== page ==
Pseudo-science is the new religion; self-proclaimed intellectualism, our saving grace...deceitful politicians, our gods. Our actions are monitored, our thoughts and expressions harnessed. It's a nice, safe world, with equality for all, or so the high-brows tell us. Orwell warned us of its advent, and today, more than ever, this variation of suppression anchors our reality.
The prediction wasn't exclusive to "1984". It resurfaced in a French, detective-movie sequel entitled "Alphaville": aka, "A Strange Case of Lemmy Caution", as offered by avant-garde director, Jean-Luc Godard.
Caution (ersatz, Agent 003), is played by Eddie Constantine, who had portrayed the character (based on Peter Cheyney's literary creation) in prior hard-boiled yarns dating back to '53. However, "Alphaville" differs from its predecessors in its surreal, science-fiction context (even though Jess Franco's "Attack of the Robots", with Constantine, initiated the blend three years prior).
In "Alphaville'"s parallel '65 (or some year thereabout), computer technology has swung into full gear. Professor Wernher Von Braun (formerly known as Leonard Nosferatu and played by horror-veteran, Howard Vernon) has constructed the ultimate Big Brother surveillance device, the Alpha 60: a forerunner to the Forbin Project, HAL 2000 and Ultron. The devilish IBM creation possesses an implied omniscient consciousness, its deep, reverberating voice acting as both a judgmental interjection to Caution's actions and an overriding commentator to events.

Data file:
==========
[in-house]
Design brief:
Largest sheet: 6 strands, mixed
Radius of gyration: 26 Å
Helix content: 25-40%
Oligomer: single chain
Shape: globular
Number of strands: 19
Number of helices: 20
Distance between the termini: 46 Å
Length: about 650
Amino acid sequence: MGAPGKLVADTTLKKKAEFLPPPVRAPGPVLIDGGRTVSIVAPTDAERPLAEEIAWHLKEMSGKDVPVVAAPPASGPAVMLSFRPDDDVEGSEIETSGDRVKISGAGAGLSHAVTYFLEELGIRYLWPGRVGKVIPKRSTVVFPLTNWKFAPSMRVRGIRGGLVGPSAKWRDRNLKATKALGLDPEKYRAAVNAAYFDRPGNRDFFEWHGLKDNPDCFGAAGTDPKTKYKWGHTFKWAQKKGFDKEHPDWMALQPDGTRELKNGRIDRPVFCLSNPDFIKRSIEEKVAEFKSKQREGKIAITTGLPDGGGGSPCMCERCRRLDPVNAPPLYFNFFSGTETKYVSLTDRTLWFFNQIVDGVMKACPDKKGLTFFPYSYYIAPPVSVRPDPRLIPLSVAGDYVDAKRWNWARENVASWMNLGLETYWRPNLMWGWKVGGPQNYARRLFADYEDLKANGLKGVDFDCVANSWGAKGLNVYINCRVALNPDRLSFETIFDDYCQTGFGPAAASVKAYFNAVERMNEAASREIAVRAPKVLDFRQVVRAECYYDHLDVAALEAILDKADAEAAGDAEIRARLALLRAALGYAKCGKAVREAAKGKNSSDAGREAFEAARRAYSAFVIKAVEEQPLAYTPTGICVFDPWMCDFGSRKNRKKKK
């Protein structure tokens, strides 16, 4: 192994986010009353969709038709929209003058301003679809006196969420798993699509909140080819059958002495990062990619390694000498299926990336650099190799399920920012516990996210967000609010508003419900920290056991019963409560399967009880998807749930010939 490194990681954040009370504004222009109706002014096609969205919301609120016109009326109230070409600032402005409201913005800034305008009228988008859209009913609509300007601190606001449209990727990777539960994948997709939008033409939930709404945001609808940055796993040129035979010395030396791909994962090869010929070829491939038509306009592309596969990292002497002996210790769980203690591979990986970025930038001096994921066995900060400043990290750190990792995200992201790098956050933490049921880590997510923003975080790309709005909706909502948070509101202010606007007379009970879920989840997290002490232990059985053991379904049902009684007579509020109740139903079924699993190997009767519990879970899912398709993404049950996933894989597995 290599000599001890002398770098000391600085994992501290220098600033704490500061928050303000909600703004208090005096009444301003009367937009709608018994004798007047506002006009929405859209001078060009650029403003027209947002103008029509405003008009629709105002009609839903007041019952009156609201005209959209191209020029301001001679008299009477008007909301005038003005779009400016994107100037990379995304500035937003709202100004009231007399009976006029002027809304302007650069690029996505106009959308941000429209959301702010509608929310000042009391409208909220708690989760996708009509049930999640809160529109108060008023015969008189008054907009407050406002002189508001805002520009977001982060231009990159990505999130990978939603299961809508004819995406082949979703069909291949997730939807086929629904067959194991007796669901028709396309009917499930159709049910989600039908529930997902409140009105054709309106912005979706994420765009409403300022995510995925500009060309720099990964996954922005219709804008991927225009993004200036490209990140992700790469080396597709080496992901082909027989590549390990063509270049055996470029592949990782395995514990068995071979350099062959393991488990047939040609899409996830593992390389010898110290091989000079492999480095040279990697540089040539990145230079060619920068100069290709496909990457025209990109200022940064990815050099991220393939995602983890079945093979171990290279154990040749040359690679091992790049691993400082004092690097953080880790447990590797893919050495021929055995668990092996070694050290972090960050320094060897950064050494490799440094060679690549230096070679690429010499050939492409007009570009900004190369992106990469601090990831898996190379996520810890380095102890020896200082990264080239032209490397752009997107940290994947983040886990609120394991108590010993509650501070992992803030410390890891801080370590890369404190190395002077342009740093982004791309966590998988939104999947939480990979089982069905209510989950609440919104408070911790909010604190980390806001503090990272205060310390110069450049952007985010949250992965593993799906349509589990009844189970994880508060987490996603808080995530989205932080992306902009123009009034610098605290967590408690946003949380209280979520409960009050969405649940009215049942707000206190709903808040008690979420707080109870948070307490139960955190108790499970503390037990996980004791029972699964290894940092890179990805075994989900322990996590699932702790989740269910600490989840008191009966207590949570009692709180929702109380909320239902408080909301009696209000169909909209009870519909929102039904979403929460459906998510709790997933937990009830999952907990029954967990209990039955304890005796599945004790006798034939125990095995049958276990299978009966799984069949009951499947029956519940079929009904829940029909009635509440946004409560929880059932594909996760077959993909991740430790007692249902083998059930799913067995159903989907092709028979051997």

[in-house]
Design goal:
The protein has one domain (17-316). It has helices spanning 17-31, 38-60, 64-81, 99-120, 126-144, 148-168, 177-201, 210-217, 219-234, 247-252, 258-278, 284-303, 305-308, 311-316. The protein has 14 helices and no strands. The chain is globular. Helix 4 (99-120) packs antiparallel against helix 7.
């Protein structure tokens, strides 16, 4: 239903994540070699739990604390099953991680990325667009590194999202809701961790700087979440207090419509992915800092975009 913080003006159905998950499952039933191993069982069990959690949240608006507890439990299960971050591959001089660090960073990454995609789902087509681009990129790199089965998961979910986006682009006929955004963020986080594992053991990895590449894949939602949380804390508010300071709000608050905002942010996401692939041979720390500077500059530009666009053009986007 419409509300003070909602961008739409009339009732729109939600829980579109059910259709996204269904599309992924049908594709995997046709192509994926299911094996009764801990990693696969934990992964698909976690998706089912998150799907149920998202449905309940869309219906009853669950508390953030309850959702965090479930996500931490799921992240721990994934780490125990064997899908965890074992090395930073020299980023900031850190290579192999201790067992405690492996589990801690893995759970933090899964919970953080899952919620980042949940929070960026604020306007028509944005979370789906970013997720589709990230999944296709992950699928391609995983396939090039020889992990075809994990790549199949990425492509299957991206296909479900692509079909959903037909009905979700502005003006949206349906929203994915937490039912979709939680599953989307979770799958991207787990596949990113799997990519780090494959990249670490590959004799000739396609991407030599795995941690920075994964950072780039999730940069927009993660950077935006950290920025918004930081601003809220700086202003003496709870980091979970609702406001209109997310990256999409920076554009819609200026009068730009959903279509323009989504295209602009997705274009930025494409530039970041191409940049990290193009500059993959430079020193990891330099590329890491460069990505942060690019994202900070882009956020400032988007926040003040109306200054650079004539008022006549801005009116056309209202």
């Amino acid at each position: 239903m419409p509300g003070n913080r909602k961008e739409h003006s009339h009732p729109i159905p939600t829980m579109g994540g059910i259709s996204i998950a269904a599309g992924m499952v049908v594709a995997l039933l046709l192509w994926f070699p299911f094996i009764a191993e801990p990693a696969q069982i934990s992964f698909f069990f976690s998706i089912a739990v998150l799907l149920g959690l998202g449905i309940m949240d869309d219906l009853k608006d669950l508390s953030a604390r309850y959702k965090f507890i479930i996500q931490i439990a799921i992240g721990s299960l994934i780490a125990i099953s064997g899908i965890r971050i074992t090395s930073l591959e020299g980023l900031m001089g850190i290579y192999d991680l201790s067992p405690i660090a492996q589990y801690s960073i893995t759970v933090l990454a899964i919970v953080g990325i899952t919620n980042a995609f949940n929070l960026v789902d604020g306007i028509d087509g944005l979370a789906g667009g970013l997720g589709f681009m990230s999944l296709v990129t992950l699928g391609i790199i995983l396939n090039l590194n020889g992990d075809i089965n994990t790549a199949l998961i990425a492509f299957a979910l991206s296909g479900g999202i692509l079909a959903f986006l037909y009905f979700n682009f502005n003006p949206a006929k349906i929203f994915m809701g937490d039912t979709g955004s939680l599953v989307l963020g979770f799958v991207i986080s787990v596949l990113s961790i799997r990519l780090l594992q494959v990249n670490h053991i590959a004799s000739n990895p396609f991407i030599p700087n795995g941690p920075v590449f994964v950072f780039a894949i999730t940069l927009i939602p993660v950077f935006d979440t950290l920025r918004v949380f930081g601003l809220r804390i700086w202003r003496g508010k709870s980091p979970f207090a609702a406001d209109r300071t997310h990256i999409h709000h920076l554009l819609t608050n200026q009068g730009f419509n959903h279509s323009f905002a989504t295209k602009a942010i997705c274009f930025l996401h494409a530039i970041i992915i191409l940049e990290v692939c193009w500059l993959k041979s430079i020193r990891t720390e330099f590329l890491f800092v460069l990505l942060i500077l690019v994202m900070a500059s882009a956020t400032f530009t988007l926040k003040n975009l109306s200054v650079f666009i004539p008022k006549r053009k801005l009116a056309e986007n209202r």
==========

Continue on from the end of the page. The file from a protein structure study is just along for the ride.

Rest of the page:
Caution (pretending to be journalist, Ivan Johnson) initially pursues a fellow secret agent, Henri Dickson (Akim Tamiroff), into Alphaville's doleful heart. Intrigued and suspicious, Caution snaps pictures as part of his investigative progresses (in essence, documenting the past, which is frowned upon in this strange, new world). Along the way, he gains the incentive to derail the Professor and his monstrous machine.